*I predicted him arriving late.
    I hoped he would arrive early
    *I hoped him arriving early.
    I guessed he would arrive early
    *I guessed him arriving early

With the set under 1., the structure is:
Subject (invariably animate) + verb + object + non-finite verb form (bare infinitive or -ing form)
With the set under 2., the structure is:
Subject (invariably animate) + verb + finite clause with would

An oddity in this section is the verb expect which can take the same structure as set 1. but uses the to-infinitive as in, e.g.
I expected him to arrive late

position

nouns: sentence position

Certain words naturally occur more frequently in certain grammatical slots.
Hoey, op cit., for example, notes that the word consequence very rarely occurs as the object of a clause or a possessive verb so

  1. It produced the consequence that ... and
    It has the consequence that ...
    are rare
    but, as the subject or complement, the word is very much more frequent so expressions such
  2. The consequence was that ... and
    It is a consequence of ...

    are very much more common.

Similar considerations apply to the words preference and use which will occur frequently as objects of clauses and possessive verbs:

  1. He expressed a preference for leaving early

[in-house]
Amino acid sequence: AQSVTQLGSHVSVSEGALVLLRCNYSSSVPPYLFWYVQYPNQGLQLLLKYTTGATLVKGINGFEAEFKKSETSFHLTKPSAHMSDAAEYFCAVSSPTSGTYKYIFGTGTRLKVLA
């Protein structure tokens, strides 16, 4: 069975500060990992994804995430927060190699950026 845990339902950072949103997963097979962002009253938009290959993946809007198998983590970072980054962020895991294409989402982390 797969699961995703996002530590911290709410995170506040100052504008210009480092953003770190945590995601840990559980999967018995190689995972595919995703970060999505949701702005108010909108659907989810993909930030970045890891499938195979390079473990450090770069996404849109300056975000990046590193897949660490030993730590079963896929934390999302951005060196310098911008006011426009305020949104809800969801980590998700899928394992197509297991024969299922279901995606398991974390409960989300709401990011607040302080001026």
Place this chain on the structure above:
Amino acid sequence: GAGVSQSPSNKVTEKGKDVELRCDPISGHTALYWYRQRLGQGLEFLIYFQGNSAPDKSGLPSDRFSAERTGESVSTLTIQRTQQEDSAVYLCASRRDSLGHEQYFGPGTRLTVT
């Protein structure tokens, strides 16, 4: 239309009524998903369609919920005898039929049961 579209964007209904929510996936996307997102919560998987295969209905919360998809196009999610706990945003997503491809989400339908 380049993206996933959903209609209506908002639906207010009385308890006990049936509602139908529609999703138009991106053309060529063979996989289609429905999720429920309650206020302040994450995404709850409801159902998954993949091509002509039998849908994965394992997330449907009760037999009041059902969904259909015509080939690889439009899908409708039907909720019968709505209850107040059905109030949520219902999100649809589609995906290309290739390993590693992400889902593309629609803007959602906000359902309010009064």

He explained its use to me
  2. Her preference was to leave early
    They criticised it use as a classroom aid

but are rare as the subject of the verb phrase:

  1. A preference eventually emerged during the meeting
  2. The use was not allowed

both seem unusual to many speakers of English.

likely

probable and likely

  1. It's likely John will help me up
    It's probable John will help me up
    BUT
  2. John will likely help me up
    *John will probable help me up

In 1., the two words are synonyms with the same grammatical characteristics but in 2., although the meaning is the same, the grammar isn't.  The words colligate differently.
We can't make the subject of the clause be the person identified in both cases but the construction with the dummy it works for both words.

effort

try and attempt

  1. It's hard to move it but please try to
    It's hard to move it but please attempt to

    BUT
  2. It's hard to move it but please try
    *It's hard to move it but please attempt

The to complement is optional with try but obligatory with attempt.

alone

ought to, should, let and allow

  1. I oughtn't to leave him alone to go
    vs.
    *I oughtn't leave him alone
  2. I shouldn't leave him alone
    vs.
    *I shouldn't to leave him alone
  3. I allowed him to stay in the park
    vs.
    *I allowed him stay in the park
  4. I let him stay
    vs.
    *I let him to stay

The to complement is obligatory with ought and allow but prohibited with let and should.

rain

stop and cease

  1. It stopped raining